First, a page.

I think one of the reasons why you will effortlessly flow into it is because you have such an amazing husband, marriage, children, and family life. Don’t you think that has a lot to do with it?
It’s funny, because I go to a homeopath and the first question he asks you on your visit is, “How happy are you? Rate yourself on the happiness scale today.” I always laugh because my goal in life is not to just be happy; my goal in life is to be present in whatever the moment calls for. Not every moment calls for happiness — to me that’s like rainbows and unicorns.
This past year there was a picture leaked of you and it went viral. Is that something that you are comfortable talking about? It was not a real picture, correct?
Well, gosh, I don’t even know where to start. I was totally caught off guard. I remember I got a call from my publicist saying, “There’s this picture out and we’re trying to get to the bottom of it.” It came out of the U.K., and the shoot that it had come from already ran a year before. We saw the picture — obviously it was all over at that point.
We got in touch with the photographer, who happened to be in Czechoslovakia at the time, so [he was] hard to reach. He was totally apologetic for two reasons. One is that he didn’t put it out, but also, he’s like: “Cindy, let me send you the original picture; you do not look like that.” I mean yes, it was hurtful, and it took me a while to figure out how to feel about it. But I think as a model, the hardest part was that on set [is], 99 out of 100 pictures are not great because you’re trying different things. You pick that one that’s great, and those bad ones used to end up in the garbage. When you shoot digital, every frame — even the one where you’re scratching your nose — those end up on a big screen, and anyone with a camera phone can shoot that then put a weird filter on it, or do whatever they want to it.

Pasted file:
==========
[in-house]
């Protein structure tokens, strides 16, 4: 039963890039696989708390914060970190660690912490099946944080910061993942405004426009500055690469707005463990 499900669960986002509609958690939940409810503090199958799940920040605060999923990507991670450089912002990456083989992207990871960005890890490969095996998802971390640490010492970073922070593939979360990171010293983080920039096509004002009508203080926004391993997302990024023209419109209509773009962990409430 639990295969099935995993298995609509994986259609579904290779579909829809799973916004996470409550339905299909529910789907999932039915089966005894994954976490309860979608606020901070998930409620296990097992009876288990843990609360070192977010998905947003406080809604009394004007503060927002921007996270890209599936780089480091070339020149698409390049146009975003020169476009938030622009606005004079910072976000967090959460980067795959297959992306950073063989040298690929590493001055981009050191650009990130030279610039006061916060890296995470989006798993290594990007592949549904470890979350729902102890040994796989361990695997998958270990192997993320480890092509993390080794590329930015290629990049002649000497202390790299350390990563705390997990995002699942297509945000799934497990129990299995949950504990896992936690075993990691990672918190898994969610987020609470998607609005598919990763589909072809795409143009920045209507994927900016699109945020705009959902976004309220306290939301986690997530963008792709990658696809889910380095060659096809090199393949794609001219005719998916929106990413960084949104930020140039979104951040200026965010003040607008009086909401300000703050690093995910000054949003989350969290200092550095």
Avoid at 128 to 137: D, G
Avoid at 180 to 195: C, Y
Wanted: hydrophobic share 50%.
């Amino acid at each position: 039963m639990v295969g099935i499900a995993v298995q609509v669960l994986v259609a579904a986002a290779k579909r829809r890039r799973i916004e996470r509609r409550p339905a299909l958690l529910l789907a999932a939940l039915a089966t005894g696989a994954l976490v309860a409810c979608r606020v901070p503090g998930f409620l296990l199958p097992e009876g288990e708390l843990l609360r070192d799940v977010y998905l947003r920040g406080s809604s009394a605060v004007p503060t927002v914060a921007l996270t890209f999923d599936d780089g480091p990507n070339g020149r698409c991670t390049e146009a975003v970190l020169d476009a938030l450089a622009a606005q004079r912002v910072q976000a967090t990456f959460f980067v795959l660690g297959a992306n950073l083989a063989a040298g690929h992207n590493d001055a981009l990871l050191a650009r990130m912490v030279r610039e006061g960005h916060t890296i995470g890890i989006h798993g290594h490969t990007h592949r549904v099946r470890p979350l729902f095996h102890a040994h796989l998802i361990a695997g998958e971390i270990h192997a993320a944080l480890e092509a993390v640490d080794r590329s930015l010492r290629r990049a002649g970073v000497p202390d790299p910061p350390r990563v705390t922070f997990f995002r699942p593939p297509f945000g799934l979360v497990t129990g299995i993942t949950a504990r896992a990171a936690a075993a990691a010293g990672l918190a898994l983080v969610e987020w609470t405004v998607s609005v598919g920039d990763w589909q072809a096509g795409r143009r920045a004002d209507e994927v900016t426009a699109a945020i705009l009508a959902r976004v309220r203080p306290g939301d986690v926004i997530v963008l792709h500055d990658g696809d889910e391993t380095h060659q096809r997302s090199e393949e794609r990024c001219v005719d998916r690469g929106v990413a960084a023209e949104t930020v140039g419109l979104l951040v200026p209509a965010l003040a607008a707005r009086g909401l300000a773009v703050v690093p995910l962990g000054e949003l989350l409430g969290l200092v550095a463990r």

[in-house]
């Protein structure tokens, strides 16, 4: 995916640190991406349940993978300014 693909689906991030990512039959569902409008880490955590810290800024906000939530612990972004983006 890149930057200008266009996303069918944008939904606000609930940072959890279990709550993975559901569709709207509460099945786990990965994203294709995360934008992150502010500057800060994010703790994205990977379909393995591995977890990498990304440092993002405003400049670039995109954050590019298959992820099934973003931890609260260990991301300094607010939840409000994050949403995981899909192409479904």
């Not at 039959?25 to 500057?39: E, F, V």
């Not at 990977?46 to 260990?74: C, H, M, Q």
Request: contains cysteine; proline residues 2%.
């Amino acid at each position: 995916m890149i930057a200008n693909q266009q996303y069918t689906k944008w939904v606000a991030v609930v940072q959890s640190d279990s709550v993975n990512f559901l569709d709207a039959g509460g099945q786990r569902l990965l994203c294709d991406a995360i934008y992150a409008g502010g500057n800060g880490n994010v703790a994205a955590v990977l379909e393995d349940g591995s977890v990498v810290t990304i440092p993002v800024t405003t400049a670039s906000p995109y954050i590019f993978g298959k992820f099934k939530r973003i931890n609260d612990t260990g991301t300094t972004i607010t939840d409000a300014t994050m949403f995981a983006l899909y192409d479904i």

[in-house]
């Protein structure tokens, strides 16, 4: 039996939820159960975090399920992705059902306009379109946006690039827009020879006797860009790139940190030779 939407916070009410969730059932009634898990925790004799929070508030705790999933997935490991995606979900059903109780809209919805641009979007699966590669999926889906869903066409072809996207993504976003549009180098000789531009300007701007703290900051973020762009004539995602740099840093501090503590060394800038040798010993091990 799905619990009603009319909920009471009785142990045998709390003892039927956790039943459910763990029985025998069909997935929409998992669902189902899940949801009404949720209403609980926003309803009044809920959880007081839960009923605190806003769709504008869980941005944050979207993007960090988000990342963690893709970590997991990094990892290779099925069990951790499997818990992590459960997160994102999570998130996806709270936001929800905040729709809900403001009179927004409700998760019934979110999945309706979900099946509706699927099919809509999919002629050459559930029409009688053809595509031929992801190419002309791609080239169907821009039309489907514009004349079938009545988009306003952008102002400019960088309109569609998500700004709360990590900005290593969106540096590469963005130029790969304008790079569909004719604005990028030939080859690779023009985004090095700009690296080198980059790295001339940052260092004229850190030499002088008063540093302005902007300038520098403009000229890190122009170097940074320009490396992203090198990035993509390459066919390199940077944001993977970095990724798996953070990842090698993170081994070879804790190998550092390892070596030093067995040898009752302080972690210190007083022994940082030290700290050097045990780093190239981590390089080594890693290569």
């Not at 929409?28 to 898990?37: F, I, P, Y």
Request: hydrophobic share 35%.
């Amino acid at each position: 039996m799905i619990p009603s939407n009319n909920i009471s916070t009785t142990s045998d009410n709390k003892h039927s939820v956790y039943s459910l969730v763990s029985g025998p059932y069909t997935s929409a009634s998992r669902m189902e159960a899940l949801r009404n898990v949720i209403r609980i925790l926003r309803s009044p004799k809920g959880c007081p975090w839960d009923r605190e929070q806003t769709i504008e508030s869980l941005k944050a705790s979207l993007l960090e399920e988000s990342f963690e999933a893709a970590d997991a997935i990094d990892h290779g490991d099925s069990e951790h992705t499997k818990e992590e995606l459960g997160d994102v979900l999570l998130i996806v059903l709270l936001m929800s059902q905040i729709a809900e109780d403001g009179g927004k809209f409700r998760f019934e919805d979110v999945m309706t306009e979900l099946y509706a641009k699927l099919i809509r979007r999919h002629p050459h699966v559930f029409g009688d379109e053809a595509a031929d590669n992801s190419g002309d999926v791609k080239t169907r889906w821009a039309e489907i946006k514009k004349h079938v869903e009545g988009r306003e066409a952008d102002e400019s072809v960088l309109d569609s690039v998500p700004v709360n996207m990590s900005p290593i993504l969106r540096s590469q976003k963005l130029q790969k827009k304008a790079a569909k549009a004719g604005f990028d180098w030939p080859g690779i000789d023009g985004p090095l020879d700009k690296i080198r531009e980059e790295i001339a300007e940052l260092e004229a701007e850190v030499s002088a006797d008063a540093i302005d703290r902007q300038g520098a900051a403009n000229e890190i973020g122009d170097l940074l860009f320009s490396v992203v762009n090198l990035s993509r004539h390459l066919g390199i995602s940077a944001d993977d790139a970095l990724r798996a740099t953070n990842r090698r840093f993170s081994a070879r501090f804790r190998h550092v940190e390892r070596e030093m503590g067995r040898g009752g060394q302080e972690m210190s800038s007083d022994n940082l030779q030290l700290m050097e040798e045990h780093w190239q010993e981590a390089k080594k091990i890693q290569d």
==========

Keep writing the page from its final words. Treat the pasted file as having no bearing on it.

It just made me realize that I grew up thinking if something’s written, it must be true; every written word is true. And then, you know, because of the Internet now, you’re like, “Maybe this is some weird guy in his basement typing this?” It doesn’t necessarily have to be true. I think we all know about how pictures aren’t real — good or bad.
It’s interesting, because unfortunately so many women feel insecure looking at perfect magazine images of you and other models, and feel inadequate. Women really grabbed onto this idea that, “We are all human.”
In the book, I do a whole section on body image, because along with that kind of admiration there does come some insecurity. I mean, I’m a woman, so I’m insecure like every other woman. Maybe other people were waiting for the bad shots. I think what was most hurtful to me was, somehow this terrible picture would be more all over than any other thing. That’s what people wanted to believe is the truth.
My kids were very confused by it. Like, “How can they do that?” I really had to teach my daughter this is exactly the thing that I wouldn’t want you to be doing to another girl, even in the name of making women feel good. No one considered if would it make me feel good. So there were so many lessons in it, and it’s been enough time now that I can actually talk about it.
Cindy Crawford on the beach. (Photo: Herb Ritts)
I saw that your daughter Kaia is following in your footsteps and modeling. Is your son interested too?